PETER FROST unravels the ecological travails of the elephants’ symbiotic companions in Addo National Park
Let me introduce you to my young friend William, he might only be 10 but he has a smart head on his shoulders.
When I taught a lesson for his class at the village school on our local 1923 Braunston canal boat strike William came out tops with his knowledge of both the strike and the labour movement in general.
Our last conversation, however, was about Darwinism, evolution and related themes. William was puzzled. He learnt most about the subject not at school but from TV programmes but he didn’t fully grasp the complicated idea of natural selection.
Although the science intrigued him, he got really interested when I mentioned elephant poo and the curious, very threatened species that lives in and on it.
I told William that few years ago I was invited to South Africa to help the new ANC Ministry of Tourism attract visitors to that beautiful country.
Among the places I visited was Addo Elephant Park in Nelson Mandela Bay. Addo is the third-largest national park in South Africa with spectacular wildlife including 600 wild elephants that have very small or even no tusks.
Over the years this made them less attractive to poachers who tended to hunt down the bigger tuskers. The result was that small tusked animals become dominant.
This isn’t natural selection but selection by illegal slaughter. Today poaching is much better controlled and elephant numbers in Addo are growing nicely.
Creationists will tell you that God designed all the creatures just 6,000 years ago and I suppose if you stretch your credibility you can just about imagine the old bearded geezer dreaming up the magnificent African elephant.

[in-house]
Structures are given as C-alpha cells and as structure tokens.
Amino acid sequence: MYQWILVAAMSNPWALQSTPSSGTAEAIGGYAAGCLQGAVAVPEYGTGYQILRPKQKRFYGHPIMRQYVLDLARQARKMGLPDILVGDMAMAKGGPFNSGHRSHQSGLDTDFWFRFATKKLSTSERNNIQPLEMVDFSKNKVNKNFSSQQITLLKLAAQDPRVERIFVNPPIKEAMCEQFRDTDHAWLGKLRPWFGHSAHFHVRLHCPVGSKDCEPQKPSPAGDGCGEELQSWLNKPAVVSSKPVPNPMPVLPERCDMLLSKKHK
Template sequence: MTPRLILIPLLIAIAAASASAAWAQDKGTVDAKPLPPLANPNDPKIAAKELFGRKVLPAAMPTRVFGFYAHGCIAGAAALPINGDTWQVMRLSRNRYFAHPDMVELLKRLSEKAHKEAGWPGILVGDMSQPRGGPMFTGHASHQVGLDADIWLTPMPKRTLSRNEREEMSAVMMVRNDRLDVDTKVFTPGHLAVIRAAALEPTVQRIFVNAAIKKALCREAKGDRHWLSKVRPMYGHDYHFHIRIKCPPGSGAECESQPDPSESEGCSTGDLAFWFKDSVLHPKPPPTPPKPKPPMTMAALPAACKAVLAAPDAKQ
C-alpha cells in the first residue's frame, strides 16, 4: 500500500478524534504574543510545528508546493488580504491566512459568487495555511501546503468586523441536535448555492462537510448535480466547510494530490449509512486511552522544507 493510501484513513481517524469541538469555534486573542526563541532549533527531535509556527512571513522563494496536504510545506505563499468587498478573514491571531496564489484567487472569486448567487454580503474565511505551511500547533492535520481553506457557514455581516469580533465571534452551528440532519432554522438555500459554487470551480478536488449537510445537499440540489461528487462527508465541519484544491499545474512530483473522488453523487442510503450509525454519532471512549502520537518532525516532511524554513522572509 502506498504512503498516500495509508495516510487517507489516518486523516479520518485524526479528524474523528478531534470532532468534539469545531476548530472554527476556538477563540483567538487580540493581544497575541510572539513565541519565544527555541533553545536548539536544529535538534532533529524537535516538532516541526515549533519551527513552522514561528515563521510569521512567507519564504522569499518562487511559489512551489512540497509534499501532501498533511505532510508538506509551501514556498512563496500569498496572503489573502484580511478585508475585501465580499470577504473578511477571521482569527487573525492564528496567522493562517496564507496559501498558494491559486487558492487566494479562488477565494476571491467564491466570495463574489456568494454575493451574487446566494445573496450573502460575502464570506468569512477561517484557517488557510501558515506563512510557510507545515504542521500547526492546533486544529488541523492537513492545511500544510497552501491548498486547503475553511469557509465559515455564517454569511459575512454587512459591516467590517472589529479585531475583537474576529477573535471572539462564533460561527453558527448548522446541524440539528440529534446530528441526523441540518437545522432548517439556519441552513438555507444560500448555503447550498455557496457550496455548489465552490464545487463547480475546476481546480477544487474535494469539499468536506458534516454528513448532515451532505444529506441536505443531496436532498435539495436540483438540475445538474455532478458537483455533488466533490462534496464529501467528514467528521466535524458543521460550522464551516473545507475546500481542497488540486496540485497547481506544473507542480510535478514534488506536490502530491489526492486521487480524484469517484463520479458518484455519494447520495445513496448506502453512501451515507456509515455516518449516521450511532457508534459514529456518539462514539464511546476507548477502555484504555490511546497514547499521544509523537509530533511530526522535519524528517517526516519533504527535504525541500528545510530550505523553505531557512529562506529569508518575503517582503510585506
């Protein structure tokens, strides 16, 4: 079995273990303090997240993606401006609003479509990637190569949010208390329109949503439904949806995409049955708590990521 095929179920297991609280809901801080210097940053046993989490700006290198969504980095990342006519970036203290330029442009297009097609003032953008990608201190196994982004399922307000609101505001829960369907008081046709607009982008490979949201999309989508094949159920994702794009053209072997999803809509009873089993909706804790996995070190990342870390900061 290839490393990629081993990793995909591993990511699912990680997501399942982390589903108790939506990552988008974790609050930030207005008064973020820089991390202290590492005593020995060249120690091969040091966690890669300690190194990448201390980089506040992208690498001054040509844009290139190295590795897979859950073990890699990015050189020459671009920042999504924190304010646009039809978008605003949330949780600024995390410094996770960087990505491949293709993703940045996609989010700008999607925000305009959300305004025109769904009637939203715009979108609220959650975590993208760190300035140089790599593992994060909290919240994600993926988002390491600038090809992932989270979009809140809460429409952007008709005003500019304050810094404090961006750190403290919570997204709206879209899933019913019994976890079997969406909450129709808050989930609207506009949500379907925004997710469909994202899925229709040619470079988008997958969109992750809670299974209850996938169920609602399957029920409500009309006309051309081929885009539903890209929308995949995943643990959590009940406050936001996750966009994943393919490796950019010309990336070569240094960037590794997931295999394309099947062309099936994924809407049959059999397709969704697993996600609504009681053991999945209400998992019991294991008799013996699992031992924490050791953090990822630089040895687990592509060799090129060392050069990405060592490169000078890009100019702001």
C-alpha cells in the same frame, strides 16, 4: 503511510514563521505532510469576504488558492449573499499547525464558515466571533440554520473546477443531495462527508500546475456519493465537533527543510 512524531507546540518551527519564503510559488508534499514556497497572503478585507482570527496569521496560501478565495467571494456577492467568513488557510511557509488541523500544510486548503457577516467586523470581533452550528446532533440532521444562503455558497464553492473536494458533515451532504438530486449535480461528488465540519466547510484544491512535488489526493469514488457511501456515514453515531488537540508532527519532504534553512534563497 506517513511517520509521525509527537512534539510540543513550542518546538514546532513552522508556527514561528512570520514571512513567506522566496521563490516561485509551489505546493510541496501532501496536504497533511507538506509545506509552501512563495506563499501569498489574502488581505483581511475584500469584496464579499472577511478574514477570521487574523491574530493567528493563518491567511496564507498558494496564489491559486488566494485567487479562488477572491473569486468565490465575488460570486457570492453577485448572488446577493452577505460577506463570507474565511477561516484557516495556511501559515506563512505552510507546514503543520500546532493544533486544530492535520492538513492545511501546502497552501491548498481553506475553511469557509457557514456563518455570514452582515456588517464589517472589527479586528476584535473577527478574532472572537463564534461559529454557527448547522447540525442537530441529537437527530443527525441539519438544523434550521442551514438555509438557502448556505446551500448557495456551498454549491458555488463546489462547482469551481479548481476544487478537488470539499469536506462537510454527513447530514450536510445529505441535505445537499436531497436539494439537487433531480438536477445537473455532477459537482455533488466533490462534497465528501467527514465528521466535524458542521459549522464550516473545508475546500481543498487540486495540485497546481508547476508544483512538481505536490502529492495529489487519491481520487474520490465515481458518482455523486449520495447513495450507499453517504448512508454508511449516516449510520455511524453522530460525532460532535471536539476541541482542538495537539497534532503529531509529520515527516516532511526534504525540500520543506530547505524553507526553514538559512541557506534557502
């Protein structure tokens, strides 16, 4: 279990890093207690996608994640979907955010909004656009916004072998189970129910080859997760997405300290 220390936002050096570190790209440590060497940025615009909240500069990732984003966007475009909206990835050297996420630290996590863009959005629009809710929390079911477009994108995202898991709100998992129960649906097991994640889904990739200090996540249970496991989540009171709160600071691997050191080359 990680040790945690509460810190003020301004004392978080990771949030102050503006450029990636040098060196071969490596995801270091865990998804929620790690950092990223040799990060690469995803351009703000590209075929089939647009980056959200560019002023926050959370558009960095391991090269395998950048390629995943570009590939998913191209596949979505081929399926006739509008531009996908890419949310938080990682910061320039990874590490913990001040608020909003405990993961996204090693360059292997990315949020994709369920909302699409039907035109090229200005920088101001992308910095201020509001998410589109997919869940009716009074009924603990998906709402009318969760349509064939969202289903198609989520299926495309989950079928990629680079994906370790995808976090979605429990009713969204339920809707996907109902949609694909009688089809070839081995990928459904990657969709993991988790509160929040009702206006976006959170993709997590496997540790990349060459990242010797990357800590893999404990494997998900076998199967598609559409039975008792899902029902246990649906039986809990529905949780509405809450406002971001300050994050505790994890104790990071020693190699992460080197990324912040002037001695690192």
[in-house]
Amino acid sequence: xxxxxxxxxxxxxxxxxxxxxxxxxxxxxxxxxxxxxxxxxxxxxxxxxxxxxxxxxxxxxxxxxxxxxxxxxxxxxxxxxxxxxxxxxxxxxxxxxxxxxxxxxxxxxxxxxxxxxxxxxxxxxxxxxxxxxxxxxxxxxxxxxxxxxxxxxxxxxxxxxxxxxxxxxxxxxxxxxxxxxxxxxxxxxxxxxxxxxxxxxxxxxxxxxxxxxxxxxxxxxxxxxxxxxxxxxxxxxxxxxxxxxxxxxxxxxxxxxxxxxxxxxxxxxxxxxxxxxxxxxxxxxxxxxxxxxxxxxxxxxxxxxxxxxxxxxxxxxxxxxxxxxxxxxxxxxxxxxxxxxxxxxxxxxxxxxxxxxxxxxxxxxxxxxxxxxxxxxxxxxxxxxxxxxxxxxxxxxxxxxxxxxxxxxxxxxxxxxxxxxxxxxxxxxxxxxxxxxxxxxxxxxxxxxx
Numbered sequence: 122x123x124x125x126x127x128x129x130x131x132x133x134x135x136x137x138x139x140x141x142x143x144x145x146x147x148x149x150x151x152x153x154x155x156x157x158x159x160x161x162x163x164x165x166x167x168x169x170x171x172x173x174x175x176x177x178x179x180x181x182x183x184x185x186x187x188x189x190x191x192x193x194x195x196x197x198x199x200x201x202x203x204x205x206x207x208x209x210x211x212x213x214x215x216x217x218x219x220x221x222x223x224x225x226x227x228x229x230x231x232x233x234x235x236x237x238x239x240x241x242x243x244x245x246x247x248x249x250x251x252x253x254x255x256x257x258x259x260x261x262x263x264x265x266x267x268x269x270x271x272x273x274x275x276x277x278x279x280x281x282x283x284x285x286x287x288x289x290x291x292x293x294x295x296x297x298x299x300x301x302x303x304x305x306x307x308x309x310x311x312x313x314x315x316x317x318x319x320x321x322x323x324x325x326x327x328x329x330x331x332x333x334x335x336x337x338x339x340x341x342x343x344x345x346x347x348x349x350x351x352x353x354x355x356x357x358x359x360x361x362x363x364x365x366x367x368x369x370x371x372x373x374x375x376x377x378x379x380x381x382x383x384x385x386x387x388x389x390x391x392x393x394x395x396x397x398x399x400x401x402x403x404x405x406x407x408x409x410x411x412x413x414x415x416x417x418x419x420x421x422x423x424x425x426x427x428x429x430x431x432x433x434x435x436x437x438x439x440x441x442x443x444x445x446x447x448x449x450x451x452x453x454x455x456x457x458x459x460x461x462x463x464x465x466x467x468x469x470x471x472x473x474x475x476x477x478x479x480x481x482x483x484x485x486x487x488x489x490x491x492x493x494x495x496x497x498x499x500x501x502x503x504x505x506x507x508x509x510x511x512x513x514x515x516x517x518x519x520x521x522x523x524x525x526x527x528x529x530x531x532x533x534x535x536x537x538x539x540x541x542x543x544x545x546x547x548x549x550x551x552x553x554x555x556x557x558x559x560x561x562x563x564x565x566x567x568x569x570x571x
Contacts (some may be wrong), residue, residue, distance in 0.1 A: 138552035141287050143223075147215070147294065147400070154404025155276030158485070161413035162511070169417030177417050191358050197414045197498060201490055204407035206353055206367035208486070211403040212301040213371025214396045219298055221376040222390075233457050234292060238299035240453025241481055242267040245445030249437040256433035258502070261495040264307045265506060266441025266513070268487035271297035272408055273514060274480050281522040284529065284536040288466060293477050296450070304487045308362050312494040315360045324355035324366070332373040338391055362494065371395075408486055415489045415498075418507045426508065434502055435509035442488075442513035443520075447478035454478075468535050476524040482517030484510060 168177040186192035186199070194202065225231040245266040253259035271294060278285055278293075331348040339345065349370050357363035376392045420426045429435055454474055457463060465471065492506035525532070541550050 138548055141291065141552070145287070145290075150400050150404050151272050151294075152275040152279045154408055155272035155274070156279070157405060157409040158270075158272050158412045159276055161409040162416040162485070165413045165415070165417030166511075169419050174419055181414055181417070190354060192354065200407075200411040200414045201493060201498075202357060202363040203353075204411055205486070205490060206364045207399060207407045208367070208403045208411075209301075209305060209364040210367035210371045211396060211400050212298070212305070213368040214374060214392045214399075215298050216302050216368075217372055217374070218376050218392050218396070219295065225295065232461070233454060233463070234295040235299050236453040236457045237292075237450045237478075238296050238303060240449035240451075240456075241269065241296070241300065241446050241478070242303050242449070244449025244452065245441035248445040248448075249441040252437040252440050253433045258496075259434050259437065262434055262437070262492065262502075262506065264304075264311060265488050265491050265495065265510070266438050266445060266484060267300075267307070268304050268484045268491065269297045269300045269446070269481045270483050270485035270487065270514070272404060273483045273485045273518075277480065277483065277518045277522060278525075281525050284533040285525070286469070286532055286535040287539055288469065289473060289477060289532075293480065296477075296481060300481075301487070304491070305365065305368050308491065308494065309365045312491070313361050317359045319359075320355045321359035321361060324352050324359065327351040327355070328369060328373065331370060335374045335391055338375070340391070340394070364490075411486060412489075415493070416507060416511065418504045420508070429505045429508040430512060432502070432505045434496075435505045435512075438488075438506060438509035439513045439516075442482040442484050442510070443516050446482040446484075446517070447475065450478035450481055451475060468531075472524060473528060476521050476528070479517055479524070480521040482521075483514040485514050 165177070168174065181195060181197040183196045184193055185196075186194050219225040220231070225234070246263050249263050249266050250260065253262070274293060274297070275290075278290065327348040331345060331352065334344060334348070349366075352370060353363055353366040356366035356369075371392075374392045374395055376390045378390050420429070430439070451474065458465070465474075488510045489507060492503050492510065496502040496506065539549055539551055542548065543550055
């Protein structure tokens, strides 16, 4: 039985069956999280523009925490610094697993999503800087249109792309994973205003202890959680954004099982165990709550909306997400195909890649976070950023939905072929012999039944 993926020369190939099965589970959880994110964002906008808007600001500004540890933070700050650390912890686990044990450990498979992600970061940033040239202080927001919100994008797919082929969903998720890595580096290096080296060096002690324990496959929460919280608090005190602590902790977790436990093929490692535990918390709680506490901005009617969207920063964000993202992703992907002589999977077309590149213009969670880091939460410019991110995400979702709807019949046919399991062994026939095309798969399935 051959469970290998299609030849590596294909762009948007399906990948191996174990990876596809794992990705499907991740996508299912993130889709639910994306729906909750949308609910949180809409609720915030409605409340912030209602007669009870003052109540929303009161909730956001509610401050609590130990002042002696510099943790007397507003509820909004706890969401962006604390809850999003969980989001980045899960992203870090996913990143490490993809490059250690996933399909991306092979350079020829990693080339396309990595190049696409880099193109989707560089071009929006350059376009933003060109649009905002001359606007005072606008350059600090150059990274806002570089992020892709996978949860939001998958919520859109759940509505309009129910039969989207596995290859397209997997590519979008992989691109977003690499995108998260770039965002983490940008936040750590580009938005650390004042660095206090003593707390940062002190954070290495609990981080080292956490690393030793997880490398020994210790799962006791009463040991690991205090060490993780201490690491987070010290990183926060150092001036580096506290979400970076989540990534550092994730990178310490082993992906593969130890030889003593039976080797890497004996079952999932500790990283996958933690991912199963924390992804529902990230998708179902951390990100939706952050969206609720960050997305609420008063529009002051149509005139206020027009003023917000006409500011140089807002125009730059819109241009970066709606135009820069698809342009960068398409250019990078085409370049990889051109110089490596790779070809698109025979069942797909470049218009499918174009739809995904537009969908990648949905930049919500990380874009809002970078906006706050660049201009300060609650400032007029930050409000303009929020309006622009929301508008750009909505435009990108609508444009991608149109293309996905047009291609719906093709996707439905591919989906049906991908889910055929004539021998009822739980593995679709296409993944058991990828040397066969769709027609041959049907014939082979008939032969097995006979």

What I find much more difficult is imagining her or him designing the Addo flightless dung beetle (above), Circellium bacchus. This fist-sized beetle is found in Addo and a very few other locations.
These dung beetles have adapted to feed on the droppings of very large animals, mostly elephants.
They eat fresh dung where it drops or roll it into a ball and bury it for later. Up to 16,000 beetles will be recycling a single steaming dung pile.
From the dung the female builds a brood ball several times larger than herself. She rolls it away using her powerful hind legs. Beetles are the world’s strongest insects. Size for size our female can pull equivalent of six double decker buses. She navigates using sun, moon and even the Milky Way.
As she rolls her precious dung ball away the male follows dutifully behind. At a suitable spot, she buries both the ball and him. They mate underground and she lays a single egg inside the ball.
She will stay with it until the egg hatches. The larva feeds on the dung from inside, spending three months as a pupa before it emerges as an immature adult.
These huge and heavy Addo flightless dung beetles have only vestigial wings and have lost the ability to fly. They walk from one poo pile to the next feeding and collecting the dung they need for the brood balls.
Like all other dung beetles, and there are over 1,600 species worldwide, they evolved to match the lifestyle of a particular species and their dung. Without these beetles the earth would be knee deep in the sweet and sticky dung — these beetles are therefore ecologically essential.
In Addo today beetles face a new threat — from car drivers.
Strangely there is something really tempting about driving over or through a two foot high, still steaming pile of pachyderm poo. Worse, Addo elephants, it seems, favour roads as the number one place for “number twos.”
Some really insensitive drivers have even been aiming for the hard working female as she pushes her sizeable brood ball across the highway.
Now the park rangers have signs and fines to protect the beetles from mindless drivers and gradually these amazing creatures are being brought back from the brink.
William tells me he is glad about that. Smart lad that William.
This article appeared in the Morning Star 30 May 2014